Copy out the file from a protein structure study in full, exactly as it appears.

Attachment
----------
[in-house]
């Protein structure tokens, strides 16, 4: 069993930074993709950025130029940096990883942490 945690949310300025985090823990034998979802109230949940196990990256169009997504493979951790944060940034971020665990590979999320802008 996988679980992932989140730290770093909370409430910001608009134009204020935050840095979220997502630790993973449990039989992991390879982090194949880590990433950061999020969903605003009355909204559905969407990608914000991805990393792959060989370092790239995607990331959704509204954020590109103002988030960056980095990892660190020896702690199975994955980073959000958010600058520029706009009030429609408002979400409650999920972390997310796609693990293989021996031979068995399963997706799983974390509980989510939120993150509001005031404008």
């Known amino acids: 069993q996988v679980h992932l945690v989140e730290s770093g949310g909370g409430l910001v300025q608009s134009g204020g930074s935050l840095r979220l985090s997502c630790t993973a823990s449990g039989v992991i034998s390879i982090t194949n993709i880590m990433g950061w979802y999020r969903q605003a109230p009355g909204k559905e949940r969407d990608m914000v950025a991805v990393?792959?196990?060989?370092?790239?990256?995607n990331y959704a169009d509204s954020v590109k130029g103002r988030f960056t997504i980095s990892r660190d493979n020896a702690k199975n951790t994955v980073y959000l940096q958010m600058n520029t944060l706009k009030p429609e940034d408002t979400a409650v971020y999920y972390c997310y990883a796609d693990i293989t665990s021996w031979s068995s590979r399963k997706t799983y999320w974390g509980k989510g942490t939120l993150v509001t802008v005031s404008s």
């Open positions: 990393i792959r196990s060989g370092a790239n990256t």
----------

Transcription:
[in-house]
């Protein structure tokens, strides 16, 4: 069993930074993709950025130029940096990883942490 945690949310300025985090823990034998979802109230949940196990990256169009997504493979951790944060940034971020665990590979999320802008 996988679980992932989140730290770093909370409430910001608009134009204020935050840095979220997502630790993973449990039989992991390879982090194949880590990433950061999020969903605003009355909204559905969407990608914000991805990393792959060989370092790239995607990331959704509204954020590109103002988030960056980095990892660190020896702690199975994955980073959000958010600058520029706009009030429609408002979400409650999920972390997310796609693990293989021996031979068995399963997706799983974390509980989510939120993150509001005031404008």
């Known amino acids: 069993q996988v679980h992932l945690v989140e730290s770093g949310g909370g409430l910001v300025q608009s134009g204020g930074s935050l840095r979220l985090s997502c630790t993973a823990s449990g039989v992991i034998s390879i982090t194949n993709i880590m990433g950061w979802y999020r969903q605003a109230p009355g909204k559905e949940r969407d990608m914000v950025a991805v990393?792959?196990?060989?370092?790239?990256?995607n990331y959704a169009d509204s954020v590109k130029g103002r988030f960056t997504i980095s990892r660190d493979n020896a702690k199975n951790t994955v980073y959000l940096q958010m600058n520029t944060l706009k009030p429609e940034d408002t979400a409650v971020y999920y972390c997310y990883a796609d693990i293989t665990s021996w031979s068995s590979r399963k997706t799983y999320w974390g509980k989510g942490t939120l993150v509001t802008v005031s404008s």
């Open positions: 990393i792959r196990s060989g370092a790239n990256t």